8. I agree laying t'fillin is most spiritually satisfying. Several members of our congregation do tallit and t'fillin at our every week Wednesday morning minyan. We have engaged one of our cantorial soloists to be our ba'al t'fiflah and remarkably we always make a minyan and often have fourteen or fifteen attending. One of the distinctive attributes of this service is the depth of prayer rather than the performance that one usually finds in our Union synagogues. Michael

  9. ...t'fillin...are not worn in our temple. However, I had the opportunity to learn to lay t'fillin last year from a female cantorial student in the Conservative movement who davens with them daily, and I found it to be a very moving and spiritual experience and a practice which I feel ready for, though perhaps not on a daily basis.

    I'm sure I'm not alone. Since Reform Judaism gives us the freedom to choose what rituals make sense for us in our individual observance, I would love to see a workshop on t'fillin at the next Biennial. I attended a similar workshop on tallit at the Dallas Biennial, and it changed my entire approach to prayer.

    Brenda 1200 Families

  10. I ask if anyone has any experiences to share about wearing t'fillin as a Reform Jewish woman. Mary

  11. You are not going to see t'fillin worn much in a Reform synagogue. Why? T'fillin are worn on weekdays and not on Shabbat. With the exception of Festival services, most Reform congregations do not have weekday services. At kallah I have seen a few people wear t'fillin. I think there is a curiosity by people since most people, especially women, have never worn t'fillin. Warren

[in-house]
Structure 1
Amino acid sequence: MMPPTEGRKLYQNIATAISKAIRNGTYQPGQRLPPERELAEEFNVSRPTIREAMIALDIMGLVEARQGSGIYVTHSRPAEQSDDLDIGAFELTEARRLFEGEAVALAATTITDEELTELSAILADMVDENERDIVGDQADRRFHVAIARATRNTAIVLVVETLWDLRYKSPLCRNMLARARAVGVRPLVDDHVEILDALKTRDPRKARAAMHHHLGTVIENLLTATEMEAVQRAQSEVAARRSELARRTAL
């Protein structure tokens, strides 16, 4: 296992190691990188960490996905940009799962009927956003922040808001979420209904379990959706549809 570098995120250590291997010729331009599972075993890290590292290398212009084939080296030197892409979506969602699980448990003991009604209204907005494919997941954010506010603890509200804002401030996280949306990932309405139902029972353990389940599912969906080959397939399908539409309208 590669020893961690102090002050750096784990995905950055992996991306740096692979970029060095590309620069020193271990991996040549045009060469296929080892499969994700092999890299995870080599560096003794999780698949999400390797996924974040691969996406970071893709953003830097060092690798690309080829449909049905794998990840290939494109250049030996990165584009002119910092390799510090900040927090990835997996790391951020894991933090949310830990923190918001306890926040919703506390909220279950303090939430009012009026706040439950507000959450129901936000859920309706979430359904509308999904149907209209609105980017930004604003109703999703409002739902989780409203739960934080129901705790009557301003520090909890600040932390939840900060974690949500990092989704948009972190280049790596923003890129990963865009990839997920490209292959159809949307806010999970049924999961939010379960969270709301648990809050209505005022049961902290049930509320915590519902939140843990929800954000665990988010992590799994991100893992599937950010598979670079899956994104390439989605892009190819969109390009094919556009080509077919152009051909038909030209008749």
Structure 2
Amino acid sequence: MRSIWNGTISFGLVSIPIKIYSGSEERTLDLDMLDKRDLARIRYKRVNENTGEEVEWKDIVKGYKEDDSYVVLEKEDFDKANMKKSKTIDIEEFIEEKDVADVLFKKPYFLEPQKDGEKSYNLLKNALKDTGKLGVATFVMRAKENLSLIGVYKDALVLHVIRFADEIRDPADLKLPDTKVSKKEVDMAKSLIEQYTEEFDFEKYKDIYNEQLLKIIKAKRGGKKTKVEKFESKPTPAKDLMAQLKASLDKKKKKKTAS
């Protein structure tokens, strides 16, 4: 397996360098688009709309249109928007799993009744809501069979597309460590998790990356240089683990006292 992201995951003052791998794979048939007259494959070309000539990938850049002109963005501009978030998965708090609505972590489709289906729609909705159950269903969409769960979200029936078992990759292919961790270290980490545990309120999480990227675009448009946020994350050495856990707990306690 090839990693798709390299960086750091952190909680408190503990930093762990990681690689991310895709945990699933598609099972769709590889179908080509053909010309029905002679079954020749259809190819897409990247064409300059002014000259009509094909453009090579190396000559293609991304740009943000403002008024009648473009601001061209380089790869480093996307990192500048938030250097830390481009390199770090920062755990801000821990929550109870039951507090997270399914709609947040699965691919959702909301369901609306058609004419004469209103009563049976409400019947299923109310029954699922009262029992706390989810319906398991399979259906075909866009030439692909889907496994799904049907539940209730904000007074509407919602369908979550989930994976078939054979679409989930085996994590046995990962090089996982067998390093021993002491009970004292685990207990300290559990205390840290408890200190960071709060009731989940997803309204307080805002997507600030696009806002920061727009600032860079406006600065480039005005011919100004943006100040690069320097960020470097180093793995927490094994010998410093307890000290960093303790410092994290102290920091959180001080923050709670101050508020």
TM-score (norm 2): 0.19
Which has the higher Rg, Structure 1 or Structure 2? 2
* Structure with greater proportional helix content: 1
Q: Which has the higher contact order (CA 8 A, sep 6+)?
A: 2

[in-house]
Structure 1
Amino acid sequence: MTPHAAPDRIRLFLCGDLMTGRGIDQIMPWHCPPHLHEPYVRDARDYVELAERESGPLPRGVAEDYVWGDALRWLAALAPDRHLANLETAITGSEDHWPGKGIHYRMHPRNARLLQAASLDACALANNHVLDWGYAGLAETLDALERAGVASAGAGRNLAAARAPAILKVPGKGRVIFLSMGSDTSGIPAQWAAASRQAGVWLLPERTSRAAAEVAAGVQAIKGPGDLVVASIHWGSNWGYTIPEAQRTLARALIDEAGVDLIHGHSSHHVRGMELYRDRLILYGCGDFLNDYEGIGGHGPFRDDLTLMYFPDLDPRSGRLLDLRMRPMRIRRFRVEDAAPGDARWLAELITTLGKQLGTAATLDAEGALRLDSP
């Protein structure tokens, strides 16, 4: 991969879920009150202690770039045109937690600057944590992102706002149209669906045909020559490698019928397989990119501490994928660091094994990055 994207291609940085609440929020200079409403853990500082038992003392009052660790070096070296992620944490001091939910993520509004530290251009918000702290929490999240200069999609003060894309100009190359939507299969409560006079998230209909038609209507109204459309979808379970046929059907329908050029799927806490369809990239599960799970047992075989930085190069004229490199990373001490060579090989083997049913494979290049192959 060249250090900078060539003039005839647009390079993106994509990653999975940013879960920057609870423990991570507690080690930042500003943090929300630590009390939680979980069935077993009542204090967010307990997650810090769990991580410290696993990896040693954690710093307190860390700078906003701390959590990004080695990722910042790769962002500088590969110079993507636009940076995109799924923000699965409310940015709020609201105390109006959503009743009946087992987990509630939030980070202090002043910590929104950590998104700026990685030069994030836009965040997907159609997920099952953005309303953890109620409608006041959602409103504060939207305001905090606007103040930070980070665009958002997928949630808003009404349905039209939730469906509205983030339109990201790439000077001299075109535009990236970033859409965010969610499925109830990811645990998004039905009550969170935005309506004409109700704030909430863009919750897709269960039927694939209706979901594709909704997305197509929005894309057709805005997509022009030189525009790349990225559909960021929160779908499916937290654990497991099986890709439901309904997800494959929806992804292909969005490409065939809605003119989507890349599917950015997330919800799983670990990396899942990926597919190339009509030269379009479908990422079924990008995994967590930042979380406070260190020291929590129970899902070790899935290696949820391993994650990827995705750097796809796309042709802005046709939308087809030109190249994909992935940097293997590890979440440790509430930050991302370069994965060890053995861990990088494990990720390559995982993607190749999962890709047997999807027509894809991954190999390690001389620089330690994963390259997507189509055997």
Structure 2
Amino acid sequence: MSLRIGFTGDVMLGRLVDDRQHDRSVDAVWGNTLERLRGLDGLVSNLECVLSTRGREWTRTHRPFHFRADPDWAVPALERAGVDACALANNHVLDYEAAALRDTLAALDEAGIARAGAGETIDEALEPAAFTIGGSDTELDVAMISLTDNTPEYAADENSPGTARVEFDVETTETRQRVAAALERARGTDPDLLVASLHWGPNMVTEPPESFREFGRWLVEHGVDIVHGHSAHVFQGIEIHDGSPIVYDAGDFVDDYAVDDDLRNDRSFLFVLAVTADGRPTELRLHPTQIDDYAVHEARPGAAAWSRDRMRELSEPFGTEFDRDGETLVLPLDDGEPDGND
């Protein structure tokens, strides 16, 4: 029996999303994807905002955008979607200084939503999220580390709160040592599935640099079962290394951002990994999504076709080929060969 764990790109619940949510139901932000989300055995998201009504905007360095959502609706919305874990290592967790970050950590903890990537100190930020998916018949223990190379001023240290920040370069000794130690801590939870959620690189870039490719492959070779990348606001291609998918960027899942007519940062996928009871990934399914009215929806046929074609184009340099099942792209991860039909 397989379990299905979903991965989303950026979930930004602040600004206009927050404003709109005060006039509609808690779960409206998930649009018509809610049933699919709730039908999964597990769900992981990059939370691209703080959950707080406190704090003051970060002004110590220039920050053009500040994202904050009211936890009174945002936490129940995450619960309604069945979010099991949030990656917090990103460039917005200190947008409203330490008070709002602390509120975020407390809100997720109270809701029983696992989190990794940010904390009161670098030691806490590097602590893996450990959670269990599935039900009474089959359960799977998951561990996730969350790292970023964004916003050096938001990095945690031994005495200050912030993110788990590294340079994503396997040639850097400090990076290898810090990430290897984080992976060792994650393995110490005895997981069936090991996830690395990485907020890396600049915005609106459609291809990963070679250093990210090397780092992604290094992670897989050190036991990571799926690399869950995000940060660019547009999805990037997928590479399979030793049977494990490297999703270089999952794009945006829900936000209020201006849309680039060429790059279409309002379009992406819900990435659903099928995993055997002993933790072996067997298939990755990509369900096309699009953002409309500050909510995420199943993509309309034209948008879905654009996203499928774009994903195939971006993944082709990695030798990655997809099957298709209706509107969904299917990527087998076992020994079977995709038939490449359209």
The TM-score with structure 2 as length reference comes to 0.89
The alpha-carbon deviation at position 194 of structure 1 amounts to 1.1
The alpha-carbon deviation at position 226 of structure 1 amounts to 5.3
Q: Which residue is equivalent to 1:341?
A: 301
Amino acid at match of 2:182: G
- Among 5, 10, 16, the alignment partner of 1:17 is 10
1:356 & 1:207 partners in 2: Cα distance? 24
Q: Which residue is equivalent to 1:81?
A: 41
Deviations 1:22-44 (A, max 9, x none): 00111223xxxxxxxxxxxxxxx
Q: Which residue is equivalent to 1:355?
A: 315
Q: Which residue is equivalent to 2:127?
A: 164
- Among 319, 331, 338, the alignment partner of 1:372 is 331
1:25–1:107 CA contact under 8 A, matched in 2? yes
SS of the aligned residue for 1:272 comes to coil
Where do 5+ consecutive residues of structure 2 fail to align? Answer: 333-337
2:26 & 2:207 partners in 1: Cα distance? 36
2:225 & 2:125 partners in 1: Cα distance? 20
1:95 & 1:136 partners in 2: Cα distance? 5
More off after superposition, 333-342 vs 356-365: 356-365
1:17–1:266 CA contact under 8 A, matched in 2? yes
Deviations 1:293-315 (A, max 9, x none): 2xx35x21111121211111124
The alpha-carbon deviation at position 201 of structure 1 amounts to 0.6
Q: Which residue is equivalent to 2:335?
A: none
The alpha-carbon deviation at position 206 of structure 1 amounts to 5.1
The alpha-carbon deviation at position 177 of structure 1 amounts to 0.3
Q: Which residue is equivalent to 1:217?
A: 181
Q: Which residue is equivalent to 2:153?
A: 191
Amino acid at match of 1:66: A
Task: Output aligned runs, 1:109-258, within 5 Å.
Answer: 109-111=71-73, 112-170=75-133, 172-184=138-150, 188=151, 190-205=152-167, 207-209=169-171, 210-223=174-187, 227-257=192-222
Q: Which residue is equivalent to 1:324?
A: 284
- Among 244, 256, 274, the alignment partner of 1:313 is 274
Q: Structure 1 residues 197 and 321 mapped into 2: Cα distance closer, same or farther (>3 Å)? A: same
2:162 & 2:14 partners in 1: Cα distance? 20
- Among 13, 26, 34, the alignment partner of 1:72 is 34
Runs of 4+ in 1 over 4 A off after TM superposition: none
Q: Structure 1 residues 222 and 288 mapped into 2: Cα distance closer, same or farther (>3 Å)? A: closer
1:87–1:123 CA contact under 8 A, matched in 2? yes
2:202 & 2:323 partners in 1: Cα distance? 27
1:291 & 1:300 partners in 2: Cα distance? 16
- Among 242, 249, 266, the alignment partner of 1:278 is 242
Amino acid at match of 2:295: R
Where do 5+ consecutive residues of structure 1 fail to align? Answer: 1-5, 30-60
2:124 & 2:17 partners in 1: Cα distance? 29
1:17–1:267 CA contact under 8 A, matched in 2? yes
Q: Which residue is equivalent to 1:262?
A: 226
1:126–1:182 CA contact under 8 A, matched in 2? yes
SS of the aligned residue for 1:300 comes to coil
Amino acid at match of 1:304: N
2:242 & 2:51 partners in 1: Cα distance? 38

12. I believe it should be optional at all times. Personally I wear it out of respect for its creator.. my wife who made it for our Jewish wedding nearly eleven years ago. Dave

  13. It is true that most Reform synagogues do not hold daily morning services, but there are people who pray and/or do Jewish meditation daily at home. Some would like to enhance the spirituality of the prayer experience by laying t'fillin, but it's hard to figure out how to do it from a diagram in The Jewish Catalogue! I once approached a woman at the Conservative synagogue who feels the same way, thinking that perhaps someone from her synagogue would teach us, but she was reluctant to ask. Yes, as a group of middle-aged women, we never had the opportunity to learn about this (my brothers and son who were bar mitzvah at Reform temples didn't either). And no, we do not regard this as a curiosity. Our interest lies in devekut and kavanah. Marian